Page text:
While all students benefit from math fact fluency, students who have difficulty in math may need more experiences and instruction to reach a solid level of fluency and automaticity. Those experiences may need to be more explicit and focused to support students. This post continues the blog series on how to support students who struggle in math by incorporating math fact fluency.
Fluency with math facts supports students in becoming accurate, efficient, and flexible problem solvers. You can think of math fact fluency in three parts: accuracy, efficiency, and flexibility. This fluency is rarely developed in isolation. Instead, students need a solid foundation in number sense to develop their math fact fluency.
That’s one of the reasons that math fact practice should not the entire focus of an intervention or lesson. Instead, it is one component embedded within an intervention or lesson. You can read more about how to incorporate number sense activities into your math interventions or lessons here.
Quickly retrieving basic math facts is not easy for students who experience difficulties in mathematics. Without retrieval, students struggle to follow explanations and modeling of new mathematical ideas, concepts, and procedures. Automatic retrieval gives students more mental energy to understand complex mathematical tasks and solve multi- step problems.
Below are the steps I use to help build students’ mathematical fluency.
Step 1-Build It
The first step for students is to SEE math facts in action. For example when teaching multiplication facts, students create a grouping model for each set of facts (2×2, 2×3, 2×4, etc.).
If students complete this digitally, students drag the circle to indicate the number of groups and the squares to show the quantity in each group. It’s exciting when students realize they can simply add three more counters for each fact. Students think they found a way to beat the system and don’t realize they’re using the relationship between repeated addition and multiplication.
Step 2-Multiple Representations
The next step for students is to SEE different representations of the math facts. In this activity, students sort representations of multiplication equations. There are arrays, repeated addition, and number sentences. This allows students to develop an understanding of what multiplication means.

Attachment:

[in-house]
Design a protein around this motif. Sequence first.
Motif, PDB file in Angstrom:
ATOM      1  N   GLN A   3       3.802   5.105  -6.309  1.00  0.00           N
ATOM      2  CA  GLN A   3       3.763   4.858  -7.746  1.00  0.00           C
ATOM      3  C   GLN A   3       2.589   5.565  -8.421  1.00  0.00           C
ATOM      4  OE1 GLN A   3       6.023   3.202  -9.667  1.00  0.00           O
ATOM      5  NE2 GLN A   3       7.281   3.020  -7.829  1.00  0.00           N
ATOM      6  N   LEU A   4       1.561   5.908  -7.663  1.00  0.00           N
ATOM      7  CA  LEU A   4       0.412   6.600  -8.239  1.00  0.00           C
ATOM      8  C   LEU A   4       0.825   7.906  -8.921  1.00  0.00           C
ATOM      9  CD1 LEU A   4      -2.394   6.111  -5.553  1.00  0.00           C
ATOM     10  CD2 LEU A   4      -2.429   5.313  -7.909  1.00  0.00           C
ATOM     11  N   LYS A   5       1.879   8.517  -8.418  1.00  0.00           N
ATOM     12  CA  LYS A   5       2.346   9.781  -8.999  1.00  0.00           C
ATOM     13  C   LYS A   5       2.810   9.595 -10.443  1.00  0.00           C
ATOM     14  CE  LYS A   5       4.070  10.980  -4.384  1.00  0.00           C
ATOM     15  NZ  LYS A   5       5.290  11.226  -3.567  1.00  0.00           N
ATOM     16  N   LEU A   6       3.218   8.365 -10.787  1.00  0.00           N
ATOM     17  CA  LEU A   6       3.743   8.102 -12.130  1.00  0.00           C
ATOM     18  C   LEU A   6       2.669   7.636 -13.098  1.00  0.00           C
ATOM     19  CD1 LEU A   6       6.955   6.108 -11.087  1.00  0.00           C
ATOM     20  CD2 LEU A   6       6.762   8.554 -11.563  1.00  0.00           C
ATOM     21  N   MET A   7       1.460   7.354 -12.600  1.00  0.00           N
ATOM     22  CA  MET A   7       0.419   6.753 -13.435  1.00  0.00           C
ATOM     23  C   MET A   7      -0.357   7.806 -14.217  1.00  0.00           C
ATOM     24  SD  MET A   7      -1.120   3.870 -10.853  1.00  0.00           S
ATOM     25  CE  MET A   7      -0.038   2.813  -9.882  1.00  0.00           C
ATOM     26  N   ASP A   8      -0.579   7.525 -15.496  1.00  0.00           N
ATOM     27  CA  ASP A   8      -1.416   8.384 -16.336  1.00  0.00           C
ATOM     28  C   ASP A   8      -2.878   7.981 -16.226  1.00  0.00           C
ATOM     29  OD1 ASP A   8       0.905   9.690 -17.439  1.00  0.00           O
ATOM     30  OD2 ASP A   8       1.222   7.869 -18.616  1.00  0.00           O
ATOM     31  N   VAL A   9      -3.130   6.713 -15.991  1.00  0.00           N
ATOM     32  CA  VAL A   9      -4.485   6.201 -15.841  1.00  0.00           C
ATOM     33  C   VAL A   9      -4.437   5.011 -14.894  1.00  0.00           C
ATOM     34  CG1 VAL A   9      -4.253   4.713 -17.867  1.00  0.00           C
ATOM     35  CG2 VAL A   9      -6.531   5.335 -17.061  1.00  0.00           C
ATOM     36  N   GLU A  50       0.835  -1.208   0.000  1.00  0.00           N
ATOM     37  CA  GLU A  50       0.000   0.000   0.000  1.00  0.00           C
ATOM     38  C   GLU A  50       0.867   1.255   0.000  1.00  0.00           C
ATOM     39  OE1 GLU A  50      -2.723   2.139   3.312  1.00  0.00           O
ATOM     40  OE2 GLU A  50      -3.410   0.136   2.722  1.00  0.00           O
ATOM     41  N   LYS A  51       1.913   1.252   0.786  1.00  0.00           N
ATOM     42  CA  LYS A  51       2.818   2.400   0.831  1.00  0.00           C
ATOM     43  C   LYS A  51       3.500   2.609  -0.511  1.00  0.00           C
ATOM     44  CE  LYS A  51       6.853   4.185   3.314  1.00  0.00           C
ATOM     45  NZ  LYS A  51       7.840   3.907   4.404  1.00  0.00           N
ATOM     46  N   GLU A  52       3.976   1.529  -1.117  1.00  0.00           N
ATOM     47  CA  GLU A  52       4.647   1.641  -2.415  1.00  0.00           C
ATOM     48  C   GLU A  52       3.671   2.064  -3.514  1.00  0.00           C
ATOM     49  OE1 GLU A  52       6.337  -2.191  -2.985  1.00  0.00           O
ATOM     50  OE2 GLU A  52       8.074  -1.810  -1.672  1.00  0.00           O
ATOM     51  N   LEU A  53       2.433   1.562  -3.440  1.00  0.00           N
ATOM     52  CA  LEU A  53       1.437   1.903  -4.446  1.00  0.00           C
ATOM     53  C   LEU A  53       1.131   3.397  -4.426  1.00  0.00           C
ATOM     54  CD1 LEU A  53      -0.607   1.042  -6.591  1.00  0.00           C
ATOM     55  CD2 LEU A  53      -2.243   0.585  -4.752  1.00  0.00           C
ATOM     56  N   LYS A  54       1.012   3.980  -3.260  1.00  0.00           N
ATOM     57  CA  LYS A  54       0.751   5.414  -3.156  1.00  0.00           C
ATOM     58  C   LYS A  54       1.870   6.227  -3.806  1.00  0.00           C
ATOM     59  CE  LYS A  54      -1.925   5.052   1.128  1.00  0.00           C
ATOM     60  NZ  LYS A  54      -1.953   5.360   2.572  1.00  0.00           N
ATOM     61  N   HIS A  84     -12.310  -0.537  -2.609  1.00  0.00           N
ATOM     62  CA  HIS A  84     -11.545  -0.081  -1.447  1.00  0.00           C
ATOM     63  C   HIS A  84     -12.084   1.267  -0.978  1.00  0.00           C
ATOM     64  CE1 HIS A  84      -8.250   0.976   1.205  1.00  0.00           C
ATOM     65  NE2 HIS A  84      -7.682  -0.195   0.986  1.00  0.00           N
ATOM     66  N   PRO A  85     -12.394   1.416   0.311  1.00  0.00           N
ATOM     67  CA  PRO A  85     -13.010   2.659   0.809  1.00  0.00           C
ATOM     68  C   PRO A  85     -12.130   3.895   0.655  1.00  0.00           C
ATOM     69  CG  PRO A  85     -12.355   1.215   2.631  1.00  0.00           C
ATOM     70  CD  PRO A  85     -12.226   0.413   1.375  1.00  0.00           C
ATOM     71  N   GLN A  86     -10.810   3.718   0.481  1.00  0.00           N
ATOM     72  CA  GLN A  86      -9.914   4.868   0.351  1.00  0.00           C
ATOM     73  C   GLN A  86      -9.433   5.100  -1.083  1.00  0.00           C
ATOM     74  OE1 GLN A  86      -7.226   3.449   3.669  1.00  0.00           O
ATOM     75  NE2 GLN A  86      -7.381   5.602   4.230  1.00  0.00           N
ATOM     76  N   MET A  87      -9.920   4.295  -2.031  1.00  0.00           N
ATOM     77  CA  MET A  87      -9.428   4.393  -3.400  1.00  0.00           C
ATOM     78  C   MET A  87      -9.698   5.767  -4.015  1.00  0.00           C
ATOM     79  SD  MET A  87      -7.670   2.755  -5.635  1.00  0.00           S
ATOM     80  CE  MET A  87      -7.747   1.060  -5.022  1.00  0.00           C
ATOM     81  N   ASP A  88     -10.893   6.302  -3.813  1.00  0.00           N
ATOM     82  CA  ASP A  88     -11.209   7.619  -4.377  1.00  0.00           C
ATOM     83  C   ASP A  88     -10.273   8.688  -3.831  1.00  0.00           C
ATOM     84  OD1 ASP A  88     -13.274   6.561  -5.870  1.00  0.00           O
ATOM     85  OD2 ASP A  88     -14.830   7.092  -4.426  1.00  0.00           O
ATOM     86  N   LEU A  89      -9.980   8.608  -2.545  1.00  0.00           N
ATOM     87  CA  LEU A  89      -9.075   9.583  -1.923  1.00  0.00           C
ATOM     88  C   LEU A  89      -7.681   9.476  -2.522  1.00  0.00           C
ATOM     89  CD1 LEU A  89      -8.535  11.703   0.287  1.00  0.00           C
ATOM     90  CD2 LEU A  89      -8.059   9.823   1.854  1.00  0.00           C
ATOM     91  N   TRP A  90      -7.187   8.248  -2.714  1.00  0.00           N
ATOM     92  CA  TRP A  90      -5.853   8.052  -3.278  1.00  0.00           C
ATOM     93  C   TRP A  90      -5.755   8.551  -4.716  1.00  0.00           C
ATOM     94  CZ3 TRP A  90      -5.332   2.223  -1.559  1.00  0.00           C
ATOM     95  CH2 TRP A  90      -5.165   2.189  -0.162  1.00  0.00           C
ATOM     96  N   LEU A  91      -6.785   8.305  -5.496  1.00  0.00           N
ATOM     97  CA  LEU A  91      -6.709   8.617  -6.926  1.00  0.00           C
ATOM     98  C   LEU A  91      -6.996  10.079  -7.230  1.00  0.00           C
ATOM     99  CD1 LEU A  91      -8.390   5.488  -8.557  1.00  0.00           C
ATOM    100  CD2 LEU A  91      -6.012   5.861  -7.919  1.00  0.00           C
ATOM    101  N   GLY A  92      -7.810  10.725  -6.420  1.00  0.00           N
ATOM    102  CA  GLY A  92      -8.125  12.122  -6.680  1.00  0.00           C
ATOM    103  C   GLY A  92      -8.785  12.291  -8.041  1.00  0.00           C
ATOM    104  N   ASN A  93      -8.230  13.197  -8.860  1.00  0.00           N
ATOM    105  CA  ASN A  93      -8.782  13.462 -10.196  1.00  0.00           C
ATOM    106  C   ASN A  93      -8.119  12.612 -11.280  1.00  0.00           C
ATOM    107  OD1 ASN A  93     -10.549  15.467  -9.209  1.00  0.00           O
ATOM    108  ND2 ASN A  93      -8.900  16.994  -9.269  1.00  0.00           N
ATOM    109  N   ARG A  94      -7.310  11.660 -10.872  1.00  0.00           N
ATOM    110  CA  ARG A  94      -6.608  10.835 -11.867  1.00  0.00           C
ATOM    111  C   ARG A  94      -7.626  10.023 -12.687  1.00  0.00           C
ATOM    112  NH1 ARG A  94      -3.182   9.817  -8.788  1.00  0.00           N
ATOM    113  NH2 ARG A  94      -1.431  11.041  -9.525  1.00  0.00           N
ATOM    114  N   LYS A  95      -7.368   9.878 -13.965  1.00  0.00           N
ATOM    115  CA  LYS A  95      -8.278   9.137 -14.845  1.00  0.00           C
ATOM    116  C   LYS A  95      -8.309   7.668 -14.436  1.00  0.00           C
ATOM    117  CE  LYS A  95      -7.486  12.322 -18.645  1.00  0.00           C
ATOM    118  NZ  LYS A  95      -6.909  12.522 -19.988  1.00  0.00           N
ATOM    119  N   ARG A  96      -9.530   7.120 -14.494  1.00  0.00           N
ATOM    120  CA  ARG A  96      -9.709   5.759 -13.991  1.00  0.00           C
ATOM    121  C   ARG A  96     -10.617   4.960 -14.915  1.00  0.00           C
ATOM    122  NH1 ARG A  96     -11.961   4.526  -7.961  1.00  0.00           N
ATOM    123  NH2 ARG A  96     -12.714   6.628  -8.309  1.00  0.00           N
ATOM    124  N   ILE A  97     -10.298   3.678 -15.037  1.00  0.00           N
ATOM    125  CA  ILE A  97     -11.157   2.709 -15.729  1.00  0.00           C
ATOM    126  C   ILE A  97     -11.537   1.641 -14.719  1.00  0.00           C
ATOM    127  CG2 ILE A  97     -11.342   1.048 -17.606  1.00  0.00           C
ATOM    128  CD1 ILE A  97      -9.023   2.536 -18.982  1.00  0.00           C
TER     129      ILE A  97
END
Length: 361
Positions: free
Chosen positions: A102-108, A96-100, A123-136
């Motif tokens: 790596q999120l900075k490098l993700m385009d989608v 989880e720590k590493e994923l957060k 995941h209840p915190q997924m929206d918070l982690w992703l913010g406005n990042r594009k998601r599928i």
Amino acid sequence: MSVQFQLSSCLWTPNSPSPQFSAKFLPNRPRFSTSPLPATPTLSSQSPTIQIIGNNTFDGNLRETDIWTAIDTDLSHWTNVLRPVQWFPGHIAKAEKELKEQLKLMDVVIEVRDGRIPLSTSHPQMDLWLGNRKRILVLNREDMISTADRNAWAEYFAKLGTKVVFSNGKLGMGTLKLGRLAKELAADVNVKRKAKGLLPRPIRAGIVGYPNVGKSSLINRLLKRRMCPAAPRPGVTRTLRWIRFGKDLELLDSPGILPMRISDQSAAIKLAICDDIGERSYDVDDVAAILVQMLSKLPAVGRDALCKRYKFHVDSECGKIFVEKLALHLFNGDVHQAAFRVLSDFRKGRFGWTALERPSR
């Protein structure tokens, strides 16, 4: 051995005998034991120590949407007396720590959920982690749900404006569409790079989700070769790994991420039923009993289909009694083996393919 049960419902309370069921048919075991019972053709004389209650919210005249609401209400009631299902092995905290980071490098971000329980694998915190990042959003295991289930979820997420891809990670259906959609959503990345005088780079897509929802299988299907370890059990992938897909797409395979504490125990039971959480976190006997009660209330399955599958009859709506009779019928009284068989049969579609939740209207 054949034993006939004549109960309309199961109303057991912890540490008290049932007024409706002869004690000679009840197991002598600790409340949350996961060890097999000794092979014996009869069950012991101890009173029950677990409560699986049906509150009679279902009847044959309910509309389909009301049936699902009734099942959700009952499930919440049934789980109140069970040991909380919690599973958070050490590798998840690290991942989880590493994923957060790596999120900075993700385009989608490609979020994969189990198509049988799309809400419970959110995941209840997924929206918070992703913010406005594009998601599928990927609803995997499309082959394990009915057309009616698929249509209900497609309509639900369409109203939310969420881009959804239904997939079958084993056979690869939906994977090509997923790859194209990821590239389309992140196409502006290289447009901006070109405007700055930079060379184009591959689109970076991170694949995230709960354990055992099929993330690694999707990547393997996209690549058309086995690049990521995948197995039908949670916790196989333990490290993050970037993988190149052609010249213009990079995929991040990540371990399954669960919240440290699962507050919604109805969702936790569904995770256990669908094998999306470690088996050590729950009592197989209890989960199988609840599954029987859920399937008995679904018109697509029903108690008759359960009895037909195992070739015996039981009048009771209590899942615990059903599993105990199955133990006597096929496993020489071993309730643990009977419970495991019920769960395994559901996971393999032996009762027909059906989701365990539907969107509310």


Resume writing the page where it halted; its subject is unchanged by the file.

In the digital version students drag a written description, array, repeated addition problem, and a multiplication equation to a single row.
Students begin with pictorial models of math facts as a flashcard. This pictorial model helps bridge concrete and abstract. As students become more automatic, they can move to abstract versions of the math fact. These are easily used in a small group setting.
Step 4-Word Problems
To provide context for math facts, students should solve AND write multiplication word problems. For example, if students are studying the four facts they solve two problems where four is a factor and write two problems where four is a factor. This gives students practice and prevents them from seeing math facts as an isolated skill.
Step 5-Multiplication Games
It’s important to include games in math fact practice. Games create a risk free environment that provides essential practice. When working with students who have difficulty in math, I closely monitor the game play to provide immediate feedback and guidance. My intervention units include math games as well as ms Weekly Multiplication Games. These games require dice or a set of playing cards, which are readily available.
Timed tests offer a good snapshot of how well students have memorized their facts, but are not a powerful teaching tool.
Rather than giving students a specific number of problems to solve in a set amount of time, I have students time how long it take to complete all problems correctly. This flip in timed tests alleviates unnecessary and unhealthy stress. Having that data lets students graph their progress. That progress encourages students to look at and celebrate their growth.
In the digital version, students click on a link to go to a Google Form where there is a short quiz. They must get each question correct before moving to the next question. Before beginning the quiz, students are prompted to start the included timer. Students are prompted to stop the time when they finish the quiz. Students graph how long it took them to complete the quiz.
You can see the multiplication activities mentioned in the blog post here!
Hopefully, you’ve found these strategies useful for all students. You can find more posts for supporting students with difficulty in math using the links below.
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